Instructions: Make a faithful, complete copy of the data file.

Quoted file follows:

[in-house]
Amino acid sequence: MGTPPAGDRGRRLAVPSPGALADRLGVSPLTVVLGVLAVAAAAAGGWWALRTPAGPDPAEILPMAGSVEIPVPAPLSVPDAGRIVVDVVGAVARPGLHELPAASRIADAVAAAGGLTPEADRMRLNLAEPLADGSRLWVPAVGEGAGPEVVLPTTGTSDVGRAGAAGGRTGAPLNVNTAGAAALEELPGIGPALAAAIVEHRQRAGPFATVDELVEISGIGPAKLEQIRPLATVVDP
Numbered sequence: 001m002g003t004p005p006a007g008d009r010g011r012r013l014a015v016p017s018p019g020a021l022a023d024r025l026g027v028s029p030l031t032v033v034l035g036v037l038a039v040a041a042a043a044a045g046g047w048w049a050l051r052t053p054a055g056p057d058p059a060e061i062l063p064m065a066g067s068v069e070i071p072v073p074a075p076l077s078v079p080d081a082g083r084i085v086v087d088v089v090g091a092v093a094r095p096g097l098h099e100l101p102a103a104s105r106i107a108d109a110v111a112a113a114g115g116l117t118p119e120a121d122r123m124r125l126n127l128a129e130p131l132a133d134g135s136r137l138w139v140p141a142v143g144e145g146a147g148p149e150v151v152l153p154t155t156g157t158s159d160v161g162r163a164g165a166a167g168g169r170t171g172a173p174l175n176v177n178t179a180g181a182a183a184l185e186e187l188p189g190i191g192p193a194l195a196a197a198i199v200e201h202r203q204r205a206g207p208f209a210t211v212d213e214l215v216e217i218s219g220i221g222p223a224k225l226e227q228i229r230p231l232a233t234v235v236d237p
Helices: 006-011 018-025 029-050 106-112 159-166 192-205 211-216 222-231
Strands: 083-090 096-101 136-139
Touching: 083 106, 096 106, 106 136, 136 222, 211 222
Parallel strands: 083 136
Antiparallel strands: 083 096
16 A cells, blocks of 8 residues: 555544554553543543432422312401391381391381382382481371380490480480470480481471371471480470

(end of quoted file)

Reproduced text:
[in-house]
Amino acid sequence: MGTPPAGDRGRRLAVPSPGALADRLGVSPLTVVLGVLAVAAAAAGGWWALRTPAGPDPAEILPMAGSVEIPVPAPLSVPDAGRIVVDVVGAVARPGLHELPAASRIADAVAAAGGLTPEADRMRLNLAEPLADGSRLWVPAVGEGAGPEVVLPTTGTSDVGRAGAAGGRTGAPLNVNTAGAAALEELPGIGPALAAAIVEHRQRAGPFATVDELVEISGIGPAKLEQIRPLATVVDP
Numbered sequence: 001m002g003t004p005p006a007g008d009r010g011r012r013l014a015v016p017s018p019g020a021l022a023d024r025l026g027v028s029p030l031t032v033v034l035g036v037l038a039v040a041a042a043a044a045g046g047w048w049a050l051r052t053p054a055g056p057d058p059a060e061i062l063p064m065a066g067s068v069e070i071p072v073p074a075p076l077s078v079p080d081a082g083r084i085v086v087d088v089v090g091a092v093a094r095p096g097l098h099e100l101p102a103a104s105r106i107a108d109a110v111a112a113a114g115g116l117t118p119e120a121d122r123m124r125l126n127l128a129e130p131l132a133d134g135s136r137l138w139v140p141a142v143g144e145g146a147g148p149e150v151v152l153p154t155t156g157t158s159d160v161g162r163a164g165a166a167g168g169r170t171g172a173p174l175n176v177n178t179a180g181a182a183a184l185e186e187l188p189g190i191g192p193a194l195a196a197a198i199v200e201h202r203q204r205a206g207p208f209a210t211v212d213e214l215v216e217i218s219g220i221g222p223a224k225l226e227q228i229r230p231l232a233t234v235v236d237p
Helices: 006-011 018-025 029-050 106-112 159-166 192-205 211-216 222-231
Strands: 083-090 096-101 136-139
Touching: 083 106, 096 106, 106 136, 136 222, 211 222
Parallel strands: 083 136
Antiparallel strands: 083 096
16 A cells, blocks of 8 residues: 555544554553543543432422312401391381391381382382481371380490480480470480481471371471480470